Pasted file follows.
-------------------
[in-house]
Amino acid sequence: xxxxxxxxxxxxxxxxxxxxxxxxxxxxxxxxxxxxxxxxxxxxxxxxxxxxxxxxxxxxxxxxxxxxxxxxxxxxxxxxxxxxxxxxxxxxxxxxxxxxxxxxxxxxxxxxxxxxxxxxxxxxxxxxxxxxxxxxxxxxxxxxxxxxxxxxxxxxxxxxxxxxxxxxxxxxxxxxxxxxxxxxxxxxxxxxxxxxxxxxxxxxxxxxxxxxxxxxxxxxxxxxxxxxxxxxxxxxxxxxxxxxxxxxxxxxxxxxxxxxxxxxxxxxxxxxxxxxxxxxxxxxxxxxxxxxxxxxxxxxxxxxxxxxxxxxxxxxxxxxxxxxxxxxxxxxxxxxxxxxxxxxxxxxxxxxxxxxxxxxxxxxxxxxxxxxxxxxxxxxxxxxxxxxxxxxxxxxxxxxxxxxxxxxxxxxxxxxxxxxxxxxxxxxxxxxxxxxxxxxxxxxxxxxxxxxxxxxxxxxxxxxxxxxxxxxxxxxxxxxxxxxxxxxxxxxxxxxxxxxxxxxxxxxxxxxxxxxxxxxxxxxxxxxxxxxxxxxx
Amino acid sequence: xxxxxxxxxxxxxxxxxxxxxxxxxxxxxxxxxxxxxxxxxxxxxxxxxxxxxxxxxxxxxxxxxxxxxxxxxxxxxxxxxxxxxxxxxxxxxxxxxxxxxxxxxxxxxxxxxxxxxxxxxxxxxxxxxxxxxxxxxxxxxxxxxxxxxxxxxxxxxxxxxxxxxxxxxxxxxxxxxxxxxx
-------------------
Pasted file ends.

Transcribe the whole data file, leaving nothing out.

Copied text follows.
[in-house]
Amino acid sequence: xxxxxxxxxxxxxxxxxxxxxxxxxxxxxxxxxxxxxxxxxxxxxxxxxxxxxxxxxxxxxxxxxxxxxxxxxxxxxxxxxxxxxxxxxxxxxxxxxxxxxxxxxxxxxxxxxxxxxxxxxxxxxxxxxxxxxxxxxxxxxxxxxxxxxxxxxxxxxxxxxxxxxxxxxxxxxxxxxxxxxxxxxxxxxxxxxxxxxxxxxxxxxxxxxxxxxxxxxxxxxxxxxxxxxxxxxxxxxxxxxxxxxxxxxxxxxxxxxxxxxxxxxxxxxxxxxxxxxxxxxxxxxxxxxxxxxxxxxxxxxxxxxxxxxxxxxxxxxxxxxxxxxxxxxxxxxxxxxxxxxxxxxxxxxxxxxxxxxxxxxxxxxxxxxxxxxxxxxxxxxxxxxxxxxxxxxxxxxxxxxxxxxxxxxxxxxxxxxxxxxxxxxxxxxxxxxxxxxxxxxxxxxxxxxxxxxxxxxxxxxxxxxxxxxxxxxxxxxxxxxxxxxxxxxxxxxxxxxxxxxxxxxxxxxxxxxxxxxxxxxxxxxxxxxxxxxxxxx
Amino acid sequence: xxxxxxxxxxxxxxxxxxxxxxxxxxxxxxxxxxxxxxxxxxxxxxxxxxxxxxxxxxxxxxxxxxxxxxxxxxxxxxxxxxxxxxxxxxxxxxxxxxxxxxxxxxxxxxxxxxxxxxxxxxxxxxxxxxxxxxxxxxxxxxxxxxxxxxxxxxxxxxxxxxxxxxxxxxxxxxxxxxxxxx